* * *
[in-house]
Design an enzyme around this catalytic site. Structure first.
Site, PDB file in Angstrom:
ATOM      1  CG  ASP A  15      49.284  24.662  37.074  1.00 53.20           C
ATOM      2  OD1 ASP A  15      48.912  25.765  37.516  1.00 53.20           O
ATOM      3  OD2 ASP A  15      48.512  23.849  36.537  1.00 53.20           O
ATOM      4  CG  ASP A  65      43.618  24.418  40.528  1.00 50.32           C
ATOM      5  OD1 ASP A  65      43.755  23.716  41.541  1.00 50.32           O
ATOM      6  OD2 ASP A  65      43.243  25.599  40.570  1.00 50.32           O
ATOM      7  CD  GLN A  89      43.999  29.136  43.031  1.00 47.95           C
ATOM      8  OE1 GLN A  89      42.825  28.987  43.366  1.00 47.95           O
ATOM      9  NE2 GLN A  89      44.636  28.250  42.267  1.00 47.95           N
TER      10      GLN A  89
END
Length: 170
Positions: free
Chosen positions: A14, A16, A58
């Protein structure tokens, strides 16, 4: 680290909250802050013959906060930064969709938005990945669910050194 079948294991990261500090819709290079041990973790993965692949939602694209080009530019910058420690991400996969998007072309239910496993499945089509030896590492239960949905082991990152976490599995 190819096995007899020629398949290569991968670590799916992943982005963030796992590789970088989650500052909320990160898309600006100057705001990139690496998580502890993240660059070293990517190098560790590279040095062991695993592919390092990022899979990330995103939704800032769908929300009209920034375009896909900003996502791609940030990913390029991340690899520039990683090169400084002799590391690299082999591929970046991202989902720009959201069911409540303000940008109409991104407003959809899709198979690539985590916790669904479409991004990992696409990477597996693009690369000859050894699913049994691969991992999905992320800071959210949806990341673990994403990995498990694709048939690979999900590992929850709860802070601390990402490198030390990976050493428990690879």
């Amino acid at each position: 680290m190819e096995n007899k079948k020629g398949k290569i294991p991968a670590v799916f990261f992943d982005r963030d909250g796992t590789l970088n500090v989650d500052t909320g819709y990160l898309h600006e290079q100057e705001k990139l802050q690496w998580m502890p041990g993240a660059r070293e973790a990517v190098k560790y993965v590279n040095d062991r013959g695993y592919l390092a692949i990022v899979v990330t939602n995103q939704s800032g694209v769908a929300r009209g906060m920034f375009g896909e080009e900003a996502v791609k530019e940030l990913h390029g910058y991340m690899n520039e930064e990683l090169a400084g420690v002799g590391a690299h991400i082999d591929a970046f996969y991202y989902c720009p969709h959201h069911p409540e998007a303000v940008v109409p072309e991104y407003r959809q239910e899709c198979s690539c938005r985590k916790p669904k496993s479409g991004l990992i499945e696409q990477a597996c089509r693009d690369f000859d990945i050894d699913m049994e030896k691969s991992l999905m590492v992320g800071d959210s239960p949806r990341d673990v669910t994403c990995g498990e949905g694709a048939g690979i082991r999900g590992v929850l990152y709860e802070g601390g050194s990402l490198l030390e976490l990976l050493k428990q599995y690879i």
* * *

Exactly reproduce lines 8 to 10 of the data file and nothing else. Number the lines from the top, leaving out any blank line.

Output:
ATOM      5  OD1 ASP A  65      43.755  23.716  41.541  1.00 50.32           O
ATOM      6  OD2 ASP A  65      43.243  25.599  40.570  1.00 50.32           O
ATOM      7  CD  GLN A  89      43.999  29.136  43.031  1.00 47.95           C